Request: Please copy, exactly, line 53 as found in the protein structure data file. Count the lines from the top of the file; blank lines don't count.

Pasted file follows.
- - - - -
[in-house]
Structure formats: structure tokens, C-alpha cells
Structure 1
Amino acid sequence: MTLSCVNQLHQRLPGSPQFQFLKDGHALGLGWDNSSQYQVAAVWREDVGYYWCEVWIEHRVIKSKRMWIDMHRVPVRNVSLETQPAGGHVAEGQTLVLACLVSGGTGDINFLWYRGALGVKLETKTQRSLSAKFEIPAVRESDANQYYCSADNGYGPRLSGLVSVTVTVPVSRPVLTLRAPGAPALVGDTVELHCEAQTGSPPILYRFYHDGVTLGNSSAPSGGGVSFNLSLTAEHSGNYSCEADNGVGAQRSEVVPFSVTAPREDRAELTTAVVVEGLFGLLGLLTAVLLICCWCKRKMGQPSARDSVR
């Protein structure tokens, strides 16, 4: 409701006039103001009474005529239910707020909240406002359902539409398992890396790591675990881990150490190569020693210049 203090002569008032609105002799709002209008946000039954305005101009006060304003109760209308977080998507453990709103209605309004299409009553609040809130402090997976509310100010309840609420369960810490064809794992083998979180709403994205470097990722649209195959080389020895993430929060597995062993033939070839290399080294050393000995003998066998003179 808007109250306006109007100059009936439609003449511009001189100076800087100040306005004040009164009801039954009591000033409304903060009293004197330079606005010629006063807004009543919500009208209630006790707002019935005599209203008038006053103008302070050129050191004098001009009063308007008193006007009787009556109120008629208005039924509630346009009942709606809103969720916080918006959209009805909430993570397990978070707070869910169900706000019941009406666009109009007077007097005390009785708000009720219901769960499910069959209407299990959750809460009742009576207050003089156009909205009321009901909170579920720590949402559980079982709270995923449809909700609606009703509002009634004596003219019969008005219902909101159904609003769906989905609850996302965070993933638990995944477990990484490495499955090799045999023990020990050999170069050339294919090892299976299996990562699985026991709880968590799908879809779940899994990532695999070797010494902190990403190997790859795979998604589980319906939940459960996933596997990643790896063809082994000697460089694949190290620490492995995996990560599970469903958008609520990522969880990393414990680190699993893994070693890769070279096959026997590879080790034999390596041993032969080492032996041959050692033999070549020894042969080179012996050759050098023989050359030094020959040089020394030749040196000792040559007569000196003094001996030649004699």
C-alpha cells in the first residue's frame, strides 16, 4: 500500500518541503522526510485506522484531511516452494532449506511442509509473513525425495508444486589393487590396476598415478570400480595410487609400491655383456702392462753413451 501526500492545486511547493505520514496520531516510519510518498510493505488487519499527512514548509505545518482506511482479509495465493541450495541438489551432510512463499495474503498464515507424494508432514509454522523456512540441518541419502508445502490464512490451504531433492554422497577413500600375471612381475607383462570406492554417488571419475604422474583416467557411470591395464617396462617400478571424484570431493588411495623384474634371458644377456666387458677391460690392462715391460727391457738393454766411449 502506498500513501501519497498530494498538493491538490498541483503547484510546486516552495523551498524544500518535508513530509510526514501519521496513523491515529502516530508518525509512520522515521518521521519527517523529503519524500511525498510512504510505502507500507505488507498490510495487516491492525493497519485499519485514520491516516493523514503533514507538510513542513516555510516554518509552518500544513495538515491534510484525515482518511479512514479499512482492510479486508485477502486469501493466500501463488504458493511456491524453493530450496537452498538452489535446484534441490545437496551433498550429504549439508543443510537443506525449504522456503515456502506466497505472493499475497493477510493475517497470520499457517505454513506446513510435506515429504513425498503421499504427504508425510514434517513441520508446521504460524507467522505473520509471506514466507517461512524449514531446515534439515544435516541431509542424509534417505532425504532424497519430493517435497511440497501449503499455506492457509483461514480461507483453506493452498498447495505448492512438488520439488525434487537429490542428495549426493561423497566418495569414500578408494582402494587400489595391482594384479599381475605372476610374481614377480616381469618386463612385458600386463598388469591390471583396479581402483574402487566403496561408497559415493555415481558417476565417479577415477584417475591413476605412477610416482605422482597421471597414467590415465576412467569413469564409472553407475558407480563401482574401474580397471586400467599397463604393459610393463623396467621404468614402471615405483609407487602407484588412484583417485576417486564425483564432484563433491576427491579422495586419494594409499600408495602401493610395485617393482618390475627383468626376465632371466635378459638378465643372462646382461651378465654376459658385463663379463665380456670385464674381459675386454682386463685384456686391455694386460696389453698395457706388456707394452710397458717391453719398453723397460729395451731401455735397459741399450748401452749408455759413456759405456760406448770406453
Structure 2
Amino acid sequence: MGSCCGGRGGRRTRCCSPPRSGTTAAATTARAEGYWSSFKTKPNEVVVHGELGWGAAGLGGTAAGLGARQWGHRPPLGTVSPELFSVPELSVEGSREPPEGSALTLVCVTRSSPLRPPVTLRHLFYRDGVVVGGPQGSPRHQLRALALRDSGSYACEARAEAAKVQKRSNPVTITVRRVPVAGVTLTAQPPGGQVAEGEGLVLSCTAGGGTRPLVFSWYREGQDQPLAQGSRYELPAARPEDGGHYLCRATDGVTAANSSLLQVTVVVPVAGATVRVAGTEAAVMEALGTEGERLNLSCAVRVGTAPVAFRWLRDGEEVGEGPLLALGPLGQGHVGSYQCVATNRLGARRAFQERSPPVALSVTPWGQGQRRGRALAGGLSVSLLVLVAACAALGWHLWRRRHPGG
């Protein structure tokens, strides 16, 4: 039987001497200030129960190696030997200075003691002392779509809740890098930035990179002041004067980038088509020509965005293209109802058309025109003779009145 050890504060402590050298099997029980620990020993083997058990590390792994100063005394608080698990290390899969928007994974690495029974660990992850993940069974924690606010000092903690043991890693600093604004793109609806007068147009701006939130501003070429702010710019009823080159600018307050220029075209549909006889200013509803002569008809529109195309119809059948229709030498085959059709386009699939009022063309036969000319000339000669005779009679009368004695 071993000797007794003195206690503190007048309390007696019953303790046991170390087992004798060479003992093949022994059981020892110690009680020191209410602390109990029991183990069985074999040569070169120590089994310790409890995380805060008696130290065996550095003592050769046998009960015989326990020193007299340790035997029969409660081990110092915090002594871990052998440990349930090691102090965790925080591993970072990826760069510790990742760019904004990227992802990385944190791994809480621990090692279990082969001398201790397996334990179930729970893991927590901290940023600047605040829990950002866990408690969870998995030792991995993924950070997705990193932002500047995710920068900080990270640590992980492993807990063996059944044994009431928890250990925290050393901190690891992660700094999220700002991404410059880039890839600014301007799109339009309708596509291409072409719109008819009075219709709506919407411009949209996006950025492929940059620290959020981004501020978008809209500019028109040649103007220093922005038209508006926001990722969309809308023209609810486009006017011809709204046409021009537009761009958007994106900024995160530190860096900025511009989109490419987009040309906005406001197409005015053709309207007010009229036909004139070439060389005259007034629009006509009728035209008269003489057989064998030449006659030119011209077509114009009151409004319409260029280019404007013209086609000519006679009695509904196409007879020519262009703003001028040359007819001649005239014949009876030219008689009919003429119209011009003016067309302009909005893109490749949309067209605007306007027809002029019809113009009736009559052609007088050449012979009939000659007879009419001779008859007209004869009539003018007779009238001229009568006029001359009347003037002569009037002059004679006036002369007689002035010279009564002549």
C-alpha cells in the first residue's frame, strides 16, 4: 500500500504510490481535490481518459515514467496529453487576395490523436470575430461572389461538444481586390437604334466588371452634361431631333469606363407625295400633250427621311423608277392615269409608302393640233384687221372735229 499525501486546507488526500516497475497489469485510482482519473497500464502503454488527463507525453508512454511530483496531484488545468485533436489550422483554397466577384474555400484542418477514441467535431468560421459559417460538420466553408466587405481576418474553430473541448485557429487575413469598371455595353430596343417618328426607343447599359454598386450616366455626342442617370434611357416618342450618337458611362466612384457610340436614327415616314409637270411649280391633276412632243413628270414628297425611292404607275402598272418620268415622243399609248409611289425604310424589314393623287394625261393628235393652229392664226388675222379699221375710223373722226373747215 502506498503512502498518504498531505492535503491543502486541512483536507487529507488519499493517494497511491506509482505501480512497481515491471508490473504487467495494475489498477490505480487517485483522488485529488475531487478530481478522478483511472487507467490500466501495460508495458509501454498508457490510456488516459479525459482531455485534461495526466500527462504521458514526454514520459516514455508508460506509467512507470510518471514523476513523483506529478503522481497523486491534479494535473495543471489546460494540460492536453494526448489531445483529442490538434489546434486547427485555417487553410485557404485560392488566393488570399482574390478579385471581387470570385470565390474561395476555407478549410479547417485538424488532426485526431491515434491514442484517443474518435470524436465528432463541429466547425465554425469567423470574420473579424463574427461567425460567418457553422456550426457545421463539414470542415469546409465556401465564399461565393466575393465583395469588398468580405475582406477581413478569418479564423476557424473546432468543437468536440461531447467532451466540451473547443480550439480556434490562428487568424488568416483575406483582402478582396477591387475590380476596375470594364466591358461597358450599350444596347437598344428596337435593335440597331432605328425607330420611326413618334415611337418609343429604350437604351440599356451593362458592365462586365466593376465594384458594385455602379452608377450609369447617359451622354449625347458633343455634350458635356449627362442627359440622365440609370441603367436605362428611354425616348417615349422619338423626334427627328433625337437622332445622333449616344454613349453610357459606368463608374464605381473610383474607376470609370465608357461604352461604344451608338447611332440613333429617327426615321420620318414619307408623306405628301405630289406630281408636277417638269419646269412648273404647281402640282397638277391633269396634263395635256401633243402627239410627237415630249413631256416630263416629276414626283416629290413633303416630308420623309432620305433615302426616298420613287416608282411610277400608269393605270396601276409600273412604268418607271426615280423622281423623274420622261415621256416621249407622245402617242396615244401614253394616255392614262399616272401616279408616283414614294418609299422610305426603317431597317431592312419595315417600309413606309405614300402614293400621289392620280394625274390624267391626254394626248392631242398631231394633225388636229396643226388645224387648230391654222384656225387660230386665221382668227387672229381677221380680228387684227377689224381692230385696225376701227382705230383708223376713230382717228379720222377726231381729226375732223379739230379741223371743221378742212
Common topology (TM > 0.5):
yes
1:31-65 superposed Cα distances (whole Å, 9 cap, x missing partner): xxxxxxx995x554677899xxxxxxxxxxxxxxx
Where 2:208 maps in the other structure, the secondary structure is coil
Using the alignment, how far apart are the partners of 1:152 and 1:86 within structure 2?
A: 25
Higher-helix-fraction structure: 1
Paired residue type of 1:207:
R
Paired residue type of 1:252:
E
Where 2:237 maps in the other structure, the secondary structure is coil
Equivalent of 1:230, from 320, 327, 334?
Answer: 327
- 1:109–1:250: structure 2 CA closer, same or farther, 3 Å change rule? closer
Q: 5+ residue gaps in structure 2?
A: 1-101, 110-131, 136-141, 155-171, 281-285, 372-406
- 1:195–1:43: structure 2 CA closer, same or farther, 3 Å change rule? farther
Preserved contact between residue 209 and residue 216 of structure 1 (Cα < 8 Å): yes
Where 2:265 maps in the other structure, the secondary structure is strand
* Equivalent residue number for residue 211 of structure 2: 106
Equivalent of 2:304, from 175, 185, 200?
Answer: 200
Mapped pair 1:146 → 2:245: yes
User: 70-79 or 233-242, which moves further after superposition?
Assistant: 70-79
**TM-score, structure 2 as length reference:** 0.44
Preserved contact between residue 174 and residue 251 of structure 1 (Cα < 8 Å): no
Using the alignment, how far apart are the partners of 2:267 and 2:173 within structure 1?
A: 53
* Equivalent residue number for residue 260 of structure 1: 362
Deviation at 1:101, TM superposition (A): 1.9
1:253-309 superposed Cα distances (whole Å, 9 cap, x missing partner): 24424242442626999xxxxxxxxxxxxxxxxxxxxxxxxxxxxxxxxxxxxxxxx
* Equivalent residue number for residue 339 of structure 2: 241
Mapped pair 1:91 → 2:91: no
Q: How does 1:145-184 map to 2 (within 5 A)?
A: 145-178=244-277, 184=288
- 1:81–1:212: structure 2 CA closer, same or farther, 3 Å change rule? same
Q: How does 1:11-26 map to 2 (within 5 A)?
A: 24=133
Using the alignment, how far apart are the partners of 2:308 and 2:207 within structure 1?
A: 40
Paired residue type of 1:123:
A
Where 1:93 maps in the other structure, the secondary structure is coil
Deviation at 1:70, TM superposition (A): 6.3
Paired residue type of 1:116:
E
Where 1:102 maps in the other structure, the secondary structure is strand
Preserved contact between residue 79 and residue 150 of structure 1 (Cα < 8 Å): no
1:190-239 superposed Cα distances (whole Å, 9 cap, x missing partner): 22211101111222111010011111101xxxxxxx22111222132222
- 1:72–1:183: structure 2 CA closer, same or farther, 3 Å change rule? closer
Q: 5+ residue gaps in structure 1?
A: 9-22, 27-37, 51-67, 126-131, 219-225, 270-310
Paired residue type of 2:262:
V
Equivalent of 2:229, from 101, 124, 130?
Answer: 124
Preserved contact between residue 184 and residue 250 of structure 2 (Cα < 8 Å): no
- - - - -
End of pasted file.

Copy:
Paired residue type of 1:123: